Wednesday, February 18, 2009

I Am (or Am Not) My Character

Interesting times.

In the World of Warcraft, the next raid instance (Uldaman) has been previewed and the content is causing a bit of a stir. To get to the instance you have to take part in a massive battle using war machines to smash through enemy forces and then take down a massive tank. It all sounds rather epic and frankly quite innovative. However, it is ruffling the feathers of a fair number of players because they cannot 'play their character' - rather, they are in control of a war machine and have the abilities that it conveys. This is seen as devaluing their character and its achievements in gather loot and their achievements in learning to play their class. It could be seen as the final iteration of Blizzard's new 'bring the player, not the class' philosophy. Its all about the player skill rather than the precise build of the particular class they are playing. The comment, however, which prompted this post was this:

" This is dumb. You could just have a Level 1 in the machine playing it!"

Comments like this have always bemused me as I have never really understood the status games that come with being a higher level character in a game where (a) you can make alts, (b) levelling is so easy and (c) not everyone started at the same time.

I am reminded of something my old art teacher, Mr Pringle, told us - " You may or may not be more intelligent than I am, but I probably know more than you ... at the moment. Don't ever confuse knowledge with intelligence."

Or ... " You may or may not be a better player than I am, but I have experienced more content than you ... at the moment. Don't ever confuse level with skill."

Of course, this isn't restricted to WoW. I play in an online wrestling federation game called 'The Wrestling Game' (creative, I know). Its a good game and has provided me with nearly a year of great roleplay and gaming fun. However, the developers and admins just love a fiddle and recent changes to the way federations are ran are nonsensical to say the least. When I commented on this matter, another player replied.

"I don't see why a mid-carder like you should be angry or comment about something like this."

Putting aside the fact that I wasn't in the least bit angry (for once), I was shocked that my status within the federation (as 'King of the Mid Card') and my level within the game (18 out of 25 levels ) should somehow mean that the contribution I could make to the community and the development of the game was less! Obviously I lambasted the poor soul who made the mistake but it was an eye-opener to the particularly damning nature of people when it comes to status and computer games.

Its something I have never seen around a roleplaying table and I assume that this is because we are all familiar with each other in real life. Online, the only real measure that people have is their avatar personas, although in the case of TWG, I've certainly been my normal open self about who I am and what I do so its not as if I am some sort of faceless automaton.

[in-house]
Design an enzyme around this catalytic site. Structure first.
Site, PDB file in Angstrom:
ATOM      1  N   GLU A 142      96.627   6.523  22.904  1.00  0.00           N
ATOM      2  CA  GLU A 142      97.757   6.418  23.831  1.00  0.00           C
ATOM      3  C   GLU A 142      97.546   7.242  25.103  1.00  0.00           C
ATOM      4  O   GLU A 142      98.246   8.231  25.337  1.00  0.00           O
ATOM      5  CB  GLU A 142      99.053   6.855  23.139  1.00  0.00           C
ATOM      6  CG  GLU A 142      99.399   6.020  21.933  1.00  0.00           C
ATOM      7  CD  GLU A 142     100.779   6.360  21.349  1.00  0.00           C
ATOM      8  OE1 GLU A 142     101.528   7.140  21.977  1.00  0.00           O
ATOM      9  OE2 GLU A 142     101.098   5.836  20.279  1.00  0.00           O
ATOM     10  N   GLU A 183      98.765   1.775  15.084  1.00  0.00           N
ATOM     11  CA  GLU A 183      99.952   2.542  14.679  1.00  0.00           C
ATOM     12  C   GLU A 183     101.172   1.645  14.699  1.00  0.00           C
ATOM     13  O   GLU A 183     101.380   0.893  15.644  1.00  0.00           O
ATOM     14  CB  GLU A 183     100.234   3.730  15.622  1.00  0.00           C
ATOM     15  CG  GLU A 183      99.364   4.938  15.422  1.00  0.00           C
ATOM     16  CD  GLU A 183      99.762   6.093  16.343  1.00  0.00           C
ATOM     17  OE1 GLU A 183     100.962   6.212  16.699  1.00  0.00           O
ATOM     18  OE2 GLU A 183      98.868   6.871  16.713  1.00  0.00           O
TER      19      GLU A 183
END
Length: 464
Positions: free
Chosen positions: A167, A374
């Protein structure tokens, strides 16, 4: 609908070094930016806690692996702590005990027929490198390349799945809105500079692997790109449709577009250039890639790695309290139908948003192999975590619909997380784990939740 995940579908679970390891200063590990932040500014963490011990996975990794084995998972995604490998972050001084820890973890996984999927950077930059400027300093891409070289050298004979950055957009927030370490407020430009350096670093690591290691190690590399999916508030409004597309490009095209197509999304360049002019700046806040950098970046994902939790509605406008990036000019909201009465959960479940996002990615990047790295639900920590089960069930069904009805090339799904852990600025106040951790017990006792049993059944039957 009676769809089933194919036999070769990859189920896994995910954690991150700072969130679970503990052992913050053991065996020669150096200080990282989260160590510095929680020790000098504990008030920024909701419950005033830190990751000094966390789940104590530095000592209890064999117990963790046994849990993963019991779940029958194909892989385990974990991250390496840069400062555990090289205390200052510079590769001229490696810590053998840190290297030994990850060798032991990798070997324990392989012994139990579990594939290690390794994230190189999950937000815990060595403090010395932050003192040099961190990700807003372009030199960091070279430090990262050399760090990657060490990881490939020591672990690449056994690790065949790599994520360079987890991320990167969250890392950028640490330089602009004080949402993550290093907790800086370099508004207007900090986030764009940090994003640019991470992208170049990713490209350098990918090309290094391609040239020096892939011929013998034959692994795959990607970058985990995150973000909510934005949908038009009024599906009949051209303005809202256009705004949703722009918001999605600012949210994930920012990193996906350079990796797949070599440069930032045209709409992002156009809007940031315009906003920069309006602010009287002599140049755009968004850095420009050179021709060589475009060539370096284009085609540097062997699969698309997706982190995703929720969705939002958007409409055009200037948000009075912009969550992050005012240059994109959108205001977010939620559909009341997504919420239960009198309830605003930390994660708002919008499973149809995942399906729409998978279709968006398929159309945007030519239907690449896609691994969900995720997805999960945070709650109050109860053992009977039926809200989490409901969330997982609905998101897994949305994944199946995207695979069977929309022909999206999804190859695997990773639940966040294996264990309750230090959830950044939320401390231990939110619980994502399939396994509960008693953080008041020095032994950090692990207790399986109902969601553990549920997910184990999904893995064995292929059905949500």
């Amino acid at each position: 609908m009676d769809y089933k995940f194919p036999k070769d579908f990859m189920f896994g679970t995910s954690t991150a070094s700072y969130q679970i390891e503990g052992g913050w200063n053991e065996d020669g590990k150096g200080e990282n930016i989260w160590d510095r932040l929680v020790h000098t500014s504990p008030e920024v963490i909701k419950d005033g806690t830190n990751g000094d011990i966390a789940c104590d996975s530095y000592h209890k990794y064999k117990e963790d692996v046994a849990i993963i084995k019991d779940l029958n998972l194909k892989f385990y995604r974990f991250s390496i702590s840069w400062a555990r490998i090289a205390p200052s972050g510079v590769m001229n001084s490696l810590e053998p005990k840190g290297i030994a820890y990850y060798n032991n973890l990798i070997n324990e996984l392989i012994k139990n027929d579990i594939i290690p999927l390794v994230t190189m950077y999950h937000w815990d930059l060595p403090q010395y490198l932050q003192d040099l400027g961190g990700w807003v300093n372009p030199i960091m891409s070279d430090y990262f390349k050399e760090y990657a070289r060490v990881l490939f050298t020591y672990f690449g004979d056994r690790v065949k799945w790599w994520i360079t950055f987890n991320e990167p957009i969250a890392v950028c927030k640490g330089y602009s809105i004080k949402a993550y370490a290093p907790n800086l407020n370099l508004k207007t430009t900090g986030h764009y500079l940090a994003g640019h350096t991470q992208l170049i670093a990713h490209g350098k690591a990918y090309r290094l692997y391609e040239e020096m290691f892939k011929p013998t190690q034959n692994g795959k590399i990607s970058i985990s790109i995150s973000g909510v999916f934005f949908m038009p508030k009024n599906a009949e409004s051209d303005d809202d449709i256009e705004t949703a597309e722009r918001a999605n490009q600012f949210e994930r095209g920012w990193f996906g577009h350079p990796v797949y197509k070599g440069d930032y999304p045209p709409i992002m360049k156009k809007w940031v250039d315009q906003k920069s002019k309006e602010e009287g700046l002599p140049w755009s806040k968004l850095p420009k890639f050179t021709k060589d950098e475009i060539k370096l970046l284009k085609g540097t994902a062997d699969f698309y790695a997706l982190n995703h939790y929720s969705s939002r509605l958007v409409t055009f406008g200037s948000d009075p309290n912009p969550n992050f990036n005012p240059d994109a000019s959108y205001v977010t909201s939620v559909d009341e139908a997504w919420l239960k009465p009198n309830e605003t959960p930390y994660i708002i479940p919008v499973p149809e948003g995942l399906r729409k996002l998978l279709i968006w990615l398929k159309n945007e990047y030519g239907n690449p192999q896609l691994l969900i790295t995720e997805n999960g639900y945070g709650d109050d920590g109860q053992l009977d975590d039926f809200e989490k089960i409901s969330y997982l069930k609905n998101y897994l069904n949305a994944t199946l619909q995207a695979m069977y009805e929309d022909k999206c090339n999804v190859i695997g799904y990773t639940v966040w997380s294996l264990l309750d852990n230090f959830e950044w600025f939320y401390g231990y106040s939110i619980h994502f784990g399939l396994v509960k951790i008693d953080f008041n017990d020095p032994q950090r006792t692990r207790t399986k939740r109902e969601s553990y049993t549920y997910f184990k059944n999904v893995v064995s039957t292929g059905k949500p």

So remember folks - its not about the size of the man, its about the size of his EPICS!

6 comments:

Anonymous said...

I could write so much about this particular issue it's rather sad (on my part) and I'm sure a long complex reply on the varied nature of objectives that people can have in online gaming environments would bopth be dull and boring.

To keep it short then, and non-academic:

Some people care about epics.

Some people don't care about epics.

Some people, who care about epics, mock the people who don't.

Some people, who don't care about epics, mock the people who do care about epics for caring about epics.

Some people even drink (and like) skimmed milk.


Its a strange, strange world we live in.


D.

Fandomlife said...

This is common in all on-line gaming communities. If it isn't, the chances are it will come into being.

They always end up measuring something, though at times I'll not get into what, that in turn is taken as a measurement of status.

It can be anything, experience, honour points, Xbox Live Achievements, whatever.

Fandomlife said...

Oh, and as for role-playing, we've never seen it around the table, and I suspect that is true of most tables.

That is until you go to an RPGA event, which I believe has measures and metrics to assess ones 'something' within the RPGA.

Anonymous said...

Lies, no-one really likes skimmed milk!

A

Anonymous said...

"This is common in all on-line gaming communities."

Agreed.

Even in communities like online forums objective measures to rank importance become very important to *some* people.

Post count as being a "significant community member" for example.

Some people like objective measures of their own "online" achievements that they can brag/boast or even, at the other extreme, just have the quiet satisfaction, in knowing that they are better than someone else when measured against the same scale.

In other words, achievements in WoW are suitable to a LOT of personality types.

D.

Matt said...

Including some of ours